JAPAN’S SoftBank Group Corp is offering to purchase shares of Uber Technologies Inc at a valuation of US$48 billion, a 30 percent discount to its most recent valuation of US$68.5 billion, a person familiar with the matter said on Monday.
The investment, which was approved by the Uber board in October, would also trigger a string of governance changes at Uber that would limit some early shareholders’ voting power, expand the board from 11 to 17 directors and cut the influence of former Chief Executive Travis Kalanick.
The investment and board moves are supported by new Chief Executive Dara Khosrowshahi and come at the end of a year of scandals and change for Uber, including the announcement last week that executives covered up a major hack in 2016.
The consortium of investors led by SoftBank and Dragoneer Investment Group plan to take a stake of at least 14 percent in the ride-services company. The tender offer was set to launch yesterday, sources told Reuters, and investors have nearly a month to respond.
The SoftBank-led investor group will acquire two of the new board seats, with the remaining four going to independent directors.
If there are not enough interested sellers, SoftBank can still walk away from the deal. SoftBank is also expected to make a separate US$1 billion investment in the company at the US$68.5 billion valuation.
Another person familiar with the deal said the offer price was in line with what investors had been expecting. SoftBank’s offer is close to what Uber was worth in 2015, when shares were priced a little under US$40 apiece for a US$51 billion valuation, according to data from PitchBook Inc.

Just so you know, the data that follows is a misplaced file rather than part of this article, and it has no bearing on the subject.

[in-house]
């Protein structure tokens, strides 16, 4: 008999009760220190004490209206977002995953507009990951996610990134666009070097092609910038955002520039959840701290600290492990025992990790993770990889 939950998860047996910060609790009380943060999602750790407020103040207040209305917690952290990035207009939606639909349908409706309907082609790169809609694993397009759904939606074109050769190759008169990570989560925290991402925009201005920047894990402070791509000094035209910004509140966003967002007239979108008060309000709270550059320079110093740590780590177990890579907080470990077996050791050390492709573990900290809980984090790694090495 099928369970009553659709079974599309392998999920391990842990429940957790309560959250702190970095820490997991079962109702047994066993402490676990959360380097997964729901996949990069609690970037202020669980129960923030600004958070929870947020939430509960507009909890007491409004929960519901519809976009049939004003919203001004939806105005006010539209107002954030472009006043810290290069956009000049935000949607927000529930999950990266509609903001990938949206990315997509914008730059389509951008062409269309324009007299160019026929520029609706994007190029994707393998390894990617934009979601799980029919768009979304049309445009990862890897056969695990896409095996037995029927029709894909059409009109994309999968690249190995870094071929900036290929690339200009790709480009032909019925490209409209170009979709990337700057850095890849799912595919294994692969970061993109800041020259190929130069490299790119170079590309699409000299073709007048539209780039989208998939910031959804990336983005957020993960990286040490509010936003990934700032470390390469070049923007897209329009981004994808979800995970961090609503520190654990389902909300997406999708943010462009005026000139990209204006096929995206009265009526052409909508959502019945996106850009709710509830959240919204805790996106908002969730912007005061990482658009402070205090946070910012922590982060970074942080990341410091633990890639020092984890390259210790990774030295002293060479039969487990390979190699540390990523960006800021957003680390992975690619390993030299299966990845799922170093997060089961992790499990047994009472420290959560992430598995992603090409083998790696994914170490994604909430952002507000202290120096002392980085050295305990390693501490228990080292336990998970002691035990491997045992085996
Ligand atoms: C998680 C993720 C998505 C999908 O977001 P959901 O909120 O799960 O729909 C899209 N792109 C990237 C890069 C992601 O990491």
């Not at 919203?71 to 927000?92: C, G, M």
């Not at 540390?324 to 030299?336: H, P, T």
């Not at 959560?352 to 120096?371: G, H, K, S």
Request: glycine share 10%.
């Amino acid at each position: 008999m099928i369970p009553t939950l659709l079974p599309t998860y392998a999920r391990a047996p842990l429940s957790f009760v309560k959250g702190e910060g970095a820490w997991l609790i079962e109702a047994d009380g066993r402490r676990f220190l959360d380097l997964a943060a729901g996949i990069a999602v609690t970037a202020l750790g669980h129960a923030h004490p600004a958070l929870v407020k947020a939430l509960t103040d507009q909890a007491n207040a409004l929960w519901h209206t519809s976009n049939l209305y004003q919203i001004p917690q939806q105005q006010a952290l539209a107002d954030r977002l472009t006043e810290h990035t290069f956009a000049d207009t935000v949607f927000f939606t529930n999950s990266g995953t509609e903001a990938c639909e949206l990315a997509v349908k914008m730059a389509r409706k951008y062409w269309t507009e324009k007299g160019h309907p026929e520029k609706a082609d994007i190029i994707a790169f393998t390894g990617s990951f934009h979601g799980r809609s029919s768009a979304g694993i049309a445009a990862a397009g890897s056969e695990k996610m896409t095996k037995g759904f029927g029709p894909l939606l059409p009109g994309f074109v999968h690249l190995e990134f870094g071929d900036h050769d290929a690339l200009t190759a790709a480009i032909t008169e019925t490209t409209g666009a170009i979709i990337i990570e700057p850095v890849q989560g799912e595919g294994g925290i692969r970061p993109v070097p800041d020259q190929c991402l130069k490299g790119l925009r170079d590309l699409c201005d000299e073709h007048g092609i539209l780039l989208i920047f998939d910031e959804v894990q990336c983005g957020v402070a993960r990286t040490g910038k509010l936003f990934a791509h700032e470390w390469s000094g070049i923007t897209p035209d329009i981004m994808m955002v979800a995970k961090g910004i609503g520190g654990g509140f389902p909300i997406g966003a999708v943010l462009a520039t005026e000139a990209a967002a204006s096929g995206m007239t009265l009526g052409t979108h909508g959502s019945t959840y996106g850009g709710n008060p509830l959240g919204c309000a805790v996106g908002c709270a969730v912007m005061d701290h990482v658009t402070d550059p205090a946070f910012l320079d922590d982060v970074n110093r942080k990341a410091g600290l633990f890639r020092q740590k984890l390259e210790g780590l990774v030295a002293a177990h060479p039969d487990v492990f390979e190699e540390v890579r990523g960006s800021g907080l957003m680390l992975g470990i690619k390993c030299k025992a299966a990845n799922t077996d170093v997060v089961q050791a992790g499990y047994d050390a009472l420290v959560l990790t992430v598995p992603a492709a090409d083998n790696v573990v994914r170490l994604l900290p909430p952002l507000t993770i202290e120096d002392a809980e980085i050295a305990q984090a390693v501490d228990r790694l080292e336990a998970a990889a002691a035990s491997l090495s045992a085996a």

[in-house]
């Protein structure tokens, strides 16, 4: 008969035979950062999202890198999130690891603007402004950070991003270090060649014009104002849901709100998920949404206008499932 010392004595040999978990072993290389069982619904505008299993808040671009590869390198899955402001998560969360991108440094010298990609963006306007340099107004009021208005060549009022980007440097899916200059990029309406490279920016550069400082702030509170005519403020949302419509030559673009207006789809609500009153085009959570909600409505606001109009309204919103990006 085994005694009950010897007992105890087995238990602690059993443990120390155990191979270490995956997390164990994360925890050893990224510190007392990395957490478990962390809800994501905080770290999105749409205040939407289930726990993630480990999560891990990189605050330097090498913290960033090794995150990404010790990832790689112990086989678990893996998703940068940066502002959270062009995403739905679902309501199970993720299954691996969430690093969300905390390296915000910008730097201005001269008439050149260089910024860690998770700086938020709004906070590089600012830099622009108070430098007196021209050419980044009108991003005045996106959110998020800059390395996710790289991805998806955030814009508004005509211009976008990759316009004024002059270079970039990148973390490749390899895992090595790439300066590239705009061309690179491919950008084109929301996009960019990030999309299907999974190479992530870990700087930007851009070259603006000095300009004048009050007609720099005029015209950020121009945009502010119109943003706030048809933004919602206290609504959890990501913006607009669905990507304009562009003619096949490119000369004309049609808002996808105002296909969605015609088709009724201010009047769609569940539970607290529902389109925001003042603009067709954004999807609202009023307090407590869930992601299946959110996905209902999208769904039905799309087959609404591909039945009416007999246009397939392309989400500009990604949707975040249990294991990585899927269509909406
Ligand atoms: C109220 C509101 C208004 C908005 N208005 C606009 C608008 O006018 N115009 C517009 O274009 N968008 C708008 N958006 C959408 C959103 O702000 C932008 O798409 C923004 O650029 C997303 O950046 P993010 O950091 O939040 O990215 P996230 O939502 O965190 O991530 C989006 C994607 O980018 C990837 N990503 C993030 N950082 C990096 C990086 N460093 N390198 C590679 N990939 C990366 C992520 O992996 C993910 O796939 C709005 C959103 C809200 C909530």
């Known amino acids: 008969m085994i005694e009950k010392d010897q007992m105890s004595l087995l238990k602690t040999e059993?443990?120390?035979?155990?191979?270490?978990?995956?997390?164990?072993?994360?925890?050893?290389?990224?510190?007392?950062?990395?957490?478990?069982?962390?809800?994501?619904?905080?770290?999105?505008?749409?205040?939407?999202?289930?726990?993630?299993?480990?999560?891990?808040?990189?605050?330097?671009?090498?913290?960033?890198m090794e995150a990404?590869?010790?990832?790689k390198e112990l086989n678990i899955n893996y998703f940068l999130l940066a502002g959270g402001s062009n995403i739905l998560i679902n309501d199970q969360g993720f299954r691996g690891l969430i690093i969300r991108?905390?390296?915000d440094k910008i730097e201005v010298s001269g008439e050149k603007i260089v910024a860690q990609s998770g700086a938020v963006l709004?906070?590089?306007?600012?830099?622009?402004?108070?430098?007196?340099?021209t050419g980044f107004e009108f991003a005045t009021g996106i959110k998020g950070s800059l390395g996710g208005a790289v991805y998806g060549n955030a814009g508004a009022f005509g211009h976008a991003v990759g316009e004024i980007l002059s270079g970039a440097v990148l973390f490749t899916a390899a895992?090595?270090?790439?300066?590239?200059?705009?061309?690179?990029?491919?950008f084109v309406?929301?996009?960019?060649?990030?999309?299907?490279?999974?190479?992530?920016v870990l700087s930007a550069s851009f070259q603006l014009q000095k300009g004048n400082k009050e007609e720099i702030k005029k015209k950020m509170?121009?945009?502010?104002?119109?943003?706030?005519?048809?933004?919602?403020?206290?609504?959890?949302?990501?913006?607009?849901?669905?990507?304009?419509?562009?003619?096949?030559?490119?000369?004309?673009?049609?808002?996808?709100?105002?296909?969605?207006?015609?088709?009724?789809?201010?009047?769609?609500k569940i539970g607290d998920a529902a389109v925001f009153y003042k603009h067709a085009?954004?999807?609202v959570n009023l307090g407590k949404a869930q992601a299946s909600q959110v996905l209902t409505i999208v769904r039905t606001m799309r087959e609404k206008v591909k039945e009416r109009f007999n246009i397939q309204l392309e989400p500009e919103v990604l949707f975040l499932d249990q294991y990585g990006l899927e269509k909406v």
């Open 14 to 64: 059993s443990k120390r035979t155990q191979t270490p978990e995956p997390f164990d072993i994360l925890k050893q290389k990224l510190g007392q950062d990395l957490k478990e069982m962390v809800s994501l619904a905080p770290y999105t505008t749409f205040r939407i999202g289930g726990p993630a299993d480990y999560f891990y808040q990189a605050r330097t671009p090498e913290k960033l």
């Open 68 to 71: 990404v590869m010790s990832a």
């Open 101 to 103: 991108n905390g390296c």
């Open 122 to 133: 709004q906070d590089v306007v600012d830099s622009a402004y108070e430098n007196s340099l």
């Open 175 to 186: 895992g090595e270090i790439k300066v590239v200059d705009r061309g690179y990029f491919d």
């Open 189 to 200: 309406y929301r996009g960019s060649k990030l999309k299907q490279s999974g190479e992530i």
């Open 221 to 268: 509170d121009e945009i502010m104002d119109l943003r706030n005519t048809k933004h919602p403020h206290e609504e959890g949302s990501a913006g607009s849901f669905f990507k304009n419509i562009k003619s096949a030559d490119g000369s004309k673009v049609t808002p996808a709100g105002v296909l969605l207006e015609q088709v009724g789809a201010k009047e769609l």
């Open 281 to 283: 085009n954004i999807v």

Even at the discounted price, Uber is the world’s second-highest valued private venture-backed company, after China’s ride-service company Didi Chuxing, and the offer is a chance for early investors to lock in substantial profits and for employees to cash in shares that have to date only had value on paper. Shareholders, including employees, with at least 10,000 shares are eligible to sell.
Nearly all secondary transactions, when a new investor purchases from existing shareholders, come at a discount to the company’s valuation.
However, the 30 percent discount is steep given Uber’s plan to launch an initial public offering in 2019, said Phil Haslett, co-founder and head of investments at secondary marketplace EquityZen. Usually valuation cuts of this size happen when a company is at risk of being sold at a heavy discount, which Uber is not.
“It really comes down to a re-pricing of Uber’s value,” Haslett said.
Since it was valued at US$68.5 billion more than a year ago, the company has been hit by scandals, including accusations of sexual harassment. It has also weathered federal criminal probes into software Uber used to deceive regulators and allegations of paying bribes to authorities in Asia, and a lawsuit by Alphabet Inc’s self-driving unit Waymo, accusing Uber of stealing trade secrets.
Most recently, Uber revealed that the data of 57 million Uber customers and 600,000 drivers had been stolen in a breach more than a year ago, and that the company had paid two hackers US$100,000 to cover it up. Since then, governments across the globe have launched investigations into the incident.